Anxiety is the body’s response to stress. If your teen has anxiety, and it doesn’t go away, your teen may have an anxiety disorder that could begin to affect their physical and mental health. Chronic anxiety can lead to problems with your immune, digestive, cardiovascular, and reproductive systems.

Anxious feelings can also lead to more mental health problems, and sometimes anxiety can be the cause of a teenager experimenting with drugs or other controlled substances.

Watch for Signs of Anxiety in your Teen

For your teen to stay healthy mentally and physically, you should pay attention to the signs and symptoms of anxiety so they can be addressed.

Your teenager may be experiencing anxiety if they:

  • Seem restless or edgy
  • Become tired or fatigued easily
  • Complain that they can’t concentrate or their mind goes blank
  • Are easily irritated
  • Have muscle tension or soreness
  • Complain about stomach aches or headaches with no medical cause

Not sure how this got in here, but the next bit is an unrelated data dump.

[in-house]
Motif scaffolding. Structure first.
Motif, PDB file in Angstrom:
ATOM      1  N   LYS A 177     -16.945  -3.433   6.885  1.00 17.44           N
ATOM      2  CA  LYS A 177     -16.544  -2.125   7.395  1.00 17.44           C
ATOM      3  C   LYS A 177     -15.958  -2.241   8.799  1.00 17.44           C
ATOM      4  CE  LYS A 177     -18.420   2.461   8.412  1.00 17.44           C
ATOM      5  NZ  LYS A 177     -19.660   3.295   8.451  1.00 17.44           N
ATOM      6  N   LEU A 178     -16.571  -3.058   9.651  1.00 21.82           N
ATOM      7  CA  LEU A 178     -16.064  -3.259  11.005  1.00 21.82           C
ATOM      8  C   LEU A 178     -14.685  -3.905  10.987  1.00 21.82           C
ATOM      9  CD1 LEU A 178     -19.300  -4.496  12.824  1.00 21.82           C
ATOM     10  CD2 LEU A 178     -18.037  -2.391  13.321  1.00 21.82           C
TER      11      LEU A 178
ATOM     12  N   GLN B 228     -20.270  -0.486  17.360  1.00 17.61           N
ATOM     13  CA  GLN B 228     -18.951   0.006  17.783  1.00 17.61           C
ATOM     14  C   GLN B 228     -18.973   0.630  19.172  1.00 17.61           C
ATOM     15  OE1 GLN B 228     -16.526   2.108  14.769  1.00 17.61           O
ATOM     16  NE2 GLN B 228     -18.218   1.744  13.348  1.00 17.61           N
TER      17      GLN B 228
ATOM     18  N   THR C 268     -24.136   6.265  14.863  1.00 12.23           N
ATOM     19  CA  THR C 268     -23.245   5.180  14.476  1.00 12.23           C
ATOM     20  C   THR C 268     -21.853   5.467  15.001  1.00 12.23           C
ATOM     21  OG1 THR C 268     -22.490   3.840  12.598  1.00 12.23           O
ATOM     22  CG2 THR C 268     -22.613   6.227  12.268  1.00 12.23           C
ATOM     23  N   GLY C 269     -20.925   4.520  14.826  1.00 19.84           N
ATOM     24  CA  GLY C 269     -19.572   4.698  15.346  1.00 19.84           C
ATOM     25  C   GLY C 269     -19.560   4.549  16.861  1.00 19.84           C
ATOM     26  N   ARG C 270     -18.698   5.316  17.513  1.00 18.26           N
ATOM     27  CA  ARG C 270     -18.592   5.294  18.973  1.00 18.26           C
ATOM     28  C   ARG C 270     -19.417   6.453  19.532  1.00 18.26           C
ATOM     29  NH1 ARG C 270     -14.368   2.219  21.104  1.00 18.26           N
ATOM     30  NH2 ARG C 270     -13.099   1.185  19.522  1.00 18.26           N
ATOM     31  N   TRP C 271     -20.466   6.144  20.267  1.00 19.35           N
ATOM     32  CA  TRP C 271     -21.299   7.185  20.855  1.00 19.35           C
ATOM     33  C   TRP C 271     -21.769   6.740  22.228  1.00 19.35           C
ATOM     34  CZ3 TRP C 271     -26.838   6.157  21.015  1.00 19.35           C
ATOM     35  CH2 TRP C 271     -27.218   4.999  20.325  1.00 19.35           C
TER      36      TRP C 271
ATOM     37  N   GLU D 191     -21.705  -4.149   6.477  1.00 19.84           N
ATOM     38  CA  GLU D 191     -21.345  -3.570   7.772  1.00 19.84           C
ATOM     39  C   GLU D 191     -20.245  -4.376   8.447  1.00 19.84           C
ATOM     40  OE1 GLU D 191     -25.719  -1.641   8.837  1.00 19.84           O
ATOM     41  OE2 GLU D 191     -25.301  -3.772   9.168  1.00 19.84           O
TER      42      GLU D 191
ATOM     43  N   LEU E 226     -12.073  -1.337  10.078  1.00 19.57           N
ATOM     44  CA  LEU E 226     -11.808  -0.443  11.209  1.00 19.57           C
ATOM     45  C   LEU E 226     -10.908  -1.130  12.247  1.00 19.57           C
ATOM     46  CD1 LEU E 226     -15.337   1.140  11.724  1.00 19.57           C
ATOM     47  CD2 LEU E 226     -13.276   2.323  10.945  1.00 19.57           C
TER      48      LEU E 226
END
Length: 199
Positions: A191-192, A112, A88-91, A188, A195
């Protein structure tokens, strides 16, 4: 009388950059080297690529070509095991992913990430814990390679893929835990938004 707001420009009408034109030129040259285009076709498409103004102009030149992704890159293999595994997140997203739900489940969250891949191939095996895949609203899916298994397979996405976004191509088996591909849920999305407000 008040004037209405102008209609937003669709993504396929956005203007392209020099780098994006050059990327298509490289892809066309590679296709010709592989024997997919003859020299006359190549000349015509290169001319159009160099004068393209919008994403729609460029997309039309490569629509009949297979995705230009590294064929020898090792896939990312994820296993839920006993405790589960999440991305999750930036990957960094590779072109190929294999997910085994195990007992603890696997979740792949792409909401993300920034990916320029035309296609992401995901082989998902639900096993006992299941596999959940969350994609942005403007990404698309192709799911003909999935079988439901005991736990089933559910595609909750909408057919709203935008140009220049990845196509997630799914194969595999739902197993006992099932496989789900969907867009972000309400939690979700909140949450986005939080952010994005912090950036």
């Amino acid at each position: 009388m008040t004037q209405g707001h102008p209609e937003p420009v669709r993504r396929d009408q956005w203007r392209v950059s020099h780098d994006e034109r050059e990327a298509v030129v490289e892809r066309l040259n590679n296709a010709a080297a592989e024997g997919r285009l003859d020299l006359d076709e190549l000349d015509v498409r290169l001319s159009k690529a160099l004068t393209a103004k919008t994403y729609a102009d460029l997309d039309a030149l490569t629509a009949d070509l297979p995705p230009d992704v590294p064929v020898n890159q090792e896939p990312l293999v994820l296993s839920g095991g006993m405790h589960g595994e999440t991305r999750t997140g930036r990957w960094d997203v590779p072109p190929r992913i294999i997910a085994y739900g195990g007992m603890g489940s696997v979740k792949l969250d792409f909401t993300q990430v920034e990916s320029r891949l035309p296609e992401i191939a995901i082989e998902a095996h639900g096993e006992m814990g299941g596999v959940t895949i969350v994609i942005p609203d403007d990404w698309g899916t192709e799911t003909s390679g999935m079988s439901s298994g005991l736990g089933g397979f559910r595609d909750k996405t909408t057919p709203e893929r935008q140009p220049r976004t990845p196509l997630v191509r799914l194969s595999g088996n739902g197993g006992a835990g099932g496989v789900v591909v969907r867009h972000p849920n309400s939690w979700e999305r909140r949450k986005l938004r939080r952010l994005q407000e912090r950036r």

• Are constantly worried
  • Have difficulty falling or staying asleep and wake up feeling tired

If your teenager has anxiety, they are not alone. Research says nearly 1 in 3 adolescents between 13 and 18 years old have an anxiety disorder. According to the National Institutes of Health, anxiety disorder diagnoses increased 56 percent between 2003 and 2012.

Sources of Anxiety at School

Not all stress leads to anxiety and not all anxiety leads to an anxiety disorder, but you should be aware of the situations that could cause feelings of anxiety in your teen.

Especially in the past two years, teens have faced more than the usual challenges at school with the COVID-19 pandemic raising questions about vaccinations, masks, and remote learning. Research suggests that during remote learning, for instance, students made little to no academic progress.